In an interview on the phone with Ms. Nabge, the Lib Princess talked about how hard it is, breaking into the African music scene as a female. She explained what she hopes to do with her talent, and revealed her ambitions for the Liberian Music industry.
Do you consider yourself as a Liberian artist?
I don’t like to limit myself. Musically, I am a musical artist who is original from Liberia.
You have been compared to Mary J. Blige. Are you trying to imitate her?
I’ve never idolized Mary. My idols were Toni Braxton, Whiney Huston and Lauryn Hill. I’m not trying to imitate anyone. I’m just being me and not caring about what people have to say. I represent my name. Most Munnah’s are sassy.
Which genre of music fits you?
I sing World Music.
How did you earn the title, Lib Princess?
I am a real life princess. My father told me that my great grandfather was a king in Gbacongela (not sure of the spelling), grand kru county, Liberia. It’s an area in grand Kru, and is full of gold. I inherited my great grandfather’s position.
If you are a real life Liberian princess, representing Liberia, how do you represent Liberia in your music and fashion?
I’m not your average princess. I am a modern day Liberian princess. I break all the rules and expectations. I’m tired of folks telling who I am, how to dress and how to sing. Growing up, that is all I dealt with. I’ve come to realized that nothing else sells than being you. If I’m going to do this as Munnah, a modern day Liberian Princess, I have to do it my way. No rules, no expectations.
How many albums have you produced?
I don’t have an album out but I have two EP’s out. The first one has about seven songs and the newest has ten songs.
Tell me about the title of your newest Ep.
“My Music My Way,” is all about my struggles in the industry and finding myself as an artist. I wrote all the songs and all of them relates to my life.
Let’s talk about your experience during your trip back to Liberia?
I went to Liberia for the first time, in 2012, after 13yrs living in the States. I fell in love with my country again. I felt alive and free. Being in Liberia give me a desire to help structure the entertainment industry.
I’ve heard that you are difficult to deal with, when it comes to booking you as an artist?
I’m not difficult, I just know my worth. I’m aware that I’m not yet at a million dollars level but I’m also not at the $600 for 3 shows level. Liberian promoters like to undermine the artists because they know we are struggling. If I’m working, it has to be worth something. You can’t tell me to do three shows for only $600. I have to buy clothes, feed my son and pay for the music. I’m not a slave, it cost money to make the music and put together my image. I know what I worth and I worth more than $600 dollars for three to five shows.
Let’s talk about love, who’s the man in your life?
I have a three year old son. I was in a relationship with his father but it didn’t work out. Every woman wants to be with the man she has a child with. I’m a romantic person, I believe in true love and I was very disappointed when the fairy tale didn’t work out as I expected and folks told me that’s life. I don’t have a man right now because I need to concentrate. When I’m in a relationship, I want to be in it and be able to give it my full attention. At this stage in my career, I won’t be able to do that. Men won’t allow a girl to hold them down but women will allow a relationship to hold them down. I don’t want a relationship to hold me down.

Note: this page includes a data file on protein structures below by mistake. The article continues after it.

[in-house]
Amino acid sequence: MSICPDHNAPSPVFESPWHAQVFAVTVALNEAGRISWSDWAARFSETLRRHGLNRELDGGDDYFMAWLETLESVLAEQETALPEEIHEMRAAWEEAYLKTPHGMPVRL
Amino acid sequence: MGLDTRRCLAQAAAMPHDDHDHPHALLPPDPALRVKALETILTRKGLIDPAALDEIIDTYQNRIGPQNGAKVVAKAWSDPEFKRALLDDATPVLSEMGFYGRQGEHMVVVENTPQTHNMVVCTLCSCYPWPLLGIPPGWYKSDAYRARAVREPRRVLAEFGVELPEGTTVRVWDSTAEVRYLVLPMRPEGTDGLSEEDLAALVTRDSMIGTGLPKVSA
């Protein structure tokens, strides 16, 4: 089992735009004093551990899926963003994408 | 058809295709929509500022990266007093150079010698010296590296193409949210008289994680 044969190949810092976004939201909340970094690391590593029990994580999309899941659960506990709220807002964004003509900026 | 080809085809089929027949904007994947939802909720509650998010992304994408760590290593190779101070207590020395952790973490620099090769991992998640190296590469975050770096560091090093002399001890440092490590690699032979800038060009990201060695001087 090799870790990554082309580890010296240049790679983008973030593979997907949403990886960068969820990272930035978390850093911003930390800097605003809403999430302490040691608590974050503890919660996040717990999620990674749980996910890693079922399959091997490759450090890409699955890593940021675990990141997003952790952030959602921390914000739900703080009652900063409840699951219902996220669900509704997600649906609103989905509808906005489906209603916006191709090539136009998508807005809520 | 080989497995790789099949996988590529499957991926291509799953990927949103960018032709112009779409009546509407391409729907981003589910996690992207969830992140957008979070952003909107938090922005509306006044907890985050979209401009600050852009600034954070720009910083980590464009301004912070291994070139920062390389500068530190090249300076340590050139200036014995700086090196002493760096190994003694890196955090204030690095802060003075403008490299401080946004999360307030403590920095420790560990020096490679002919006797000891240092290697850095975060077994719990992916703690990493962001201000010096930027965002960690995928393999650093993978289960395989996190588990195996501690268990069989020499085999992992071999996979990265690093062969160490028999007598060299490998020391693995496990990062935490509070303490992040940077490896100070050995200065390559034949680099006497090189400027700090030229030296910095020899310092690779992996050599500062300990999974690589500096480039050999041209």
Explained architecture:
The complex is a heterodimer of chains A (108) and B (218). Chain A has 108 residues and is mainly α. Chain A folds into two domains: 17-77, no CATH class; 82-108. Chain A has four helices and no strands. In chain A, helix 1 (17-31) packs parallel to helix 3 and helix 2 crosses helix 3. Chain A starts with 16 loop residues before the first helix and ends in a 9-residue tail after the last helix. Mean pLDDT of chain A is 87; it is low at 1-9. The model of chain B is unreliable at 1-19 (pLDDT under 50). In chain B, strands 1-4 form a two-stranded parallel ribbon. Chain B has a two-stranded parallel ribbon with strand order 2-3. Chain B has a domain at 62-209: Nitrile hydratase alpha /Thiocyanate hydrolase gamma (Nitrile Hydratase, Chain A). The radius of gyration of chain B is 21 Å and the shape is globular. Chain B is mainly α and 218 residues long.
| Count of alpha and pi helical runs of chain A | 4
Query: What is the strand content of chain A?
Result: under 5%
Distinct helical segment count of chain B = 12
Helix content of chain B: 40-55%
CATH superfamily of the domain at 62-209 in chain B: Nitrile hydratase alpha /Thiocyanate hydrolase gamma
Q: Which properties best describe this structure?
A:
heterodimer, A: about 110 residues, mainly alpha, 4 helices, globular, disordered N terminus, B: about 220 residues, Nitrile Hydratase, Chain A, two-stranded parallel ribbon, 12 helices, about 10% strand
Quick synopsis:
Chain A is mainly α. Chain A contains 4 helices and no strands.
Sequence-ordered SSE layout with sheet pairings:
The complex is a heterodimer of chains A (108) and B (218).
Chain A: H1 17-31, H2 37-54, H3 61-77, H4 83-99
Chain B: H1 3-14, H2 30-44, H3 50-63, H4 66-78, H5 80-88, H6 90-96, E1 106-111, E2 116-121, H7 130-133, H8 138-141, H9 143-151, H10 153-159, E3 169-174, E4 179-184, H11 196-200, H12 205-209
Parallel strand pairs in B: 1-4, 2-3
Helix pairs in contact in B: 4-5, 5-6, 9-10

What is your perspective on the Liberian music industry?
We don’t have an industry because we don’t have support and investors. Liberians will see investment in a talent and won’t take a chance on it. They rather lavish their money on expense things, so folks can say, “that man or woman boiling ooh.” The lack of investors is killing us. One more thing, anyone can throw their voice on a track, add some auto tone to it and called themselves Liberian artist and we have promoters pushing them out there. At the end of the day, you want your best out there. Let those want to be artists stay in the back and nurture their talents, give themselves time to mature as an artist and let the promoters focus on the ones with real talent. Even if we have only five good ones, promote those five and push them out there, so that we can have the best to brag about, when talking to foreigners about our music.
Which Liberian artist would you like to work with?
Jodi Clarke, I will love to work with him. I admire his work.
Do you see yourself working with one of the older Liberian artists?
I really care less about the older Liberian artists because they don’t embrace the young artists. I’ve reached out to few traditional artists, including Friday the Cellphone man, they haven’t given me the time of the day. I was at an event with one of the older traditional musician, I went up to her and asked her for us to collaborate, and she didn’t give me the time of the day. It is not a competition. I’ve never seen the older artists giving support to the younger artists. I’ve never seen them at any of the young artist’s concerts. Majority of the young artists imitate foreigners because the older Liberian artists are not around to imitate.
What’s next for Munnah?
I really love doing what I do, this is my life, and I’ve been doing this since I was little. I’m going to keep doing music and I’m not stopping. If I didn’t have music in my life, I don’t know what I would do. I do have other projects, like the Brooklyn Park Heat reality show and many more, I had to put those on hold because of the lack of funding. My primary focus right now is my music.